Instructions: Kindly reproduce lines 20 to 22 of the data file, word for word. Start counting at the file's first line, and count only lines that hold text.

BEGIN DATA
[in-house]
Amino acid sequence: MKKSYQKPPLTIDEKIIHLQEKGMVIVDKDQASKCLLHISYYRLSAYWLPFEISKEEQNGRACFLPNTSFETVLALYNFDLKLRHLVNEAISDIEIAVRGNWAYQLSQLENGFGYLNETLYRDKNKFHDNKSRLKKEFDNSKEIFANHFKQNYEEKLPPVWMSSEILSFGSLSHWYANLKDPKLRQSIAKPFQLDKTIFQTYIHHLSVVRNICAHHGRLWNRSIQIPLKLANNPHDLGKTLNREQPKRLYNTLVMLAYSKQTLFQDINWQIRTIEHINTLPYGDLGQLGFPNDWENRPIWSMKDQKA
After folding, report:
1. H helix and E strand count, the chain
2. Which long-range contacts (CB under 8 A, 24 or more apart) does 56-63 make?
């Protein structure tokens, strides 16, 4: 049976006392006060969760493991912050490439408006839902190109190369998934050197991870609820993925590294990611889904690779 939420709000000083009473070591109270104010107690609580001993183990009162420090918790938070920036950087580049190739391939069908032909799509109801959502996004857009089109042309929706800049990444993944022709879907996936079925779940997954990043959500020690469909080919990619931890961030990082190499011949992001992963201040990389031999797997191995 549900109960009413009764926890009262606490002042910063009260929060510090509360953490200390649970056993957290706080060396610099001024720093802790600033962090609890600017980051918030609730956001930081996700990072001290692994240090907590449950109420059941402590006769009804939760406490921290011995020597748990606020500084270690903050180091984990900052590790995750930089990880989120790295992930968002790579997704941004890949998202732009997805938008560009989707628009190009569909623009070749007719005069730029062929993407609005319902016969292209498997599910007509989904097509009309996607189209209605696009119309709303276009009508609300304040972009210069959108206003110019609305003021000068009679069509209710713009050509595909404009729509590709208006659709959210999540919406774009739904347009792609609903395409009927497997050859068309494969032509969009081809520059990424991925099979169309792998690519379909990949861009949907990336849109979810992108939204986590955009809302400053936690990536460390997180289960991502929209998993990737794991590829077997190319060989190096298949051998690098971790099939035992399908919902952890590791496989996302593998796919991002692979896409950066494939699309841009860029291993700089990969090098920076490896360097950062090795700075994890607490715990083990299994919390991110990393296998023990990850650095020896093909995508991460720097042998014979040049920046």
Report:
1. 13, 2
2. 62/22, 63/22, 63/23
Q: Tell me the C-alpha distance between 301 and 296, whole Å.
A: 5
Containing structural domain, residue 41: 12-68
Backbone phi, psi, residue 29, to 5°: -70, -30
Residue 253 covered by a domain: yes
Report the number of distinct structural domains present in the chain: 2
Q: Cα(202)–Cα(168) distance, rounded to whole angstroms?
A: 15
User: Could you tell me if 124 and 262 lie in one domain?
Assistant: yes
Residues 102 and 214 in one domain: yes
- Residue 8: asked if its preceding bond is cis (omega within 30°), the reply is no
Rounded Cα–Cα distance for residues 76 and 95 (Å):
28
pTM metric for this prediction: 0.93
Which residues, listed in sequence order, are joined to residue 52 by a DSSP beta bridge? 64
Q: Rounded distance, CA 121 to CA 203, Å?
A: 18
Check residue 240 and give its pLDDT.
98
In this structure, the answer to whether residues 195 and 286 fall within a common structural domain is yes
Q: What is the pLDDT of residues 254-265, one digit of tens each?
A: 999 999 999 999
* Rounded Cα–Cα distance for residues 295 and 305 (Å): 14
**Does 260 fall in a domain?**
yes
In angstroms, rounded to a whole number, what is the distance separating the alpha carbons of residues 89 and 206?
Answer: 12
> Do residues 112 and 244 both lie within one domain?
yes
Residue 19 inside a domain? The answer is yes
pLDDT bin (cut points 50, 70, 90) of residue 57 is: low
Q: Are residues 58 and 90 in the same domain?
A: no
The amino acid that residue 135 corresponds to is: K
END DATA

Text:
Residues 102 and 214 in one domain: yes
- Residue 8: asked if its preceding bond is cis (omega within 30°), the reply is no
Rounded Cα–Cα distance for residues 76 and 95 (Å):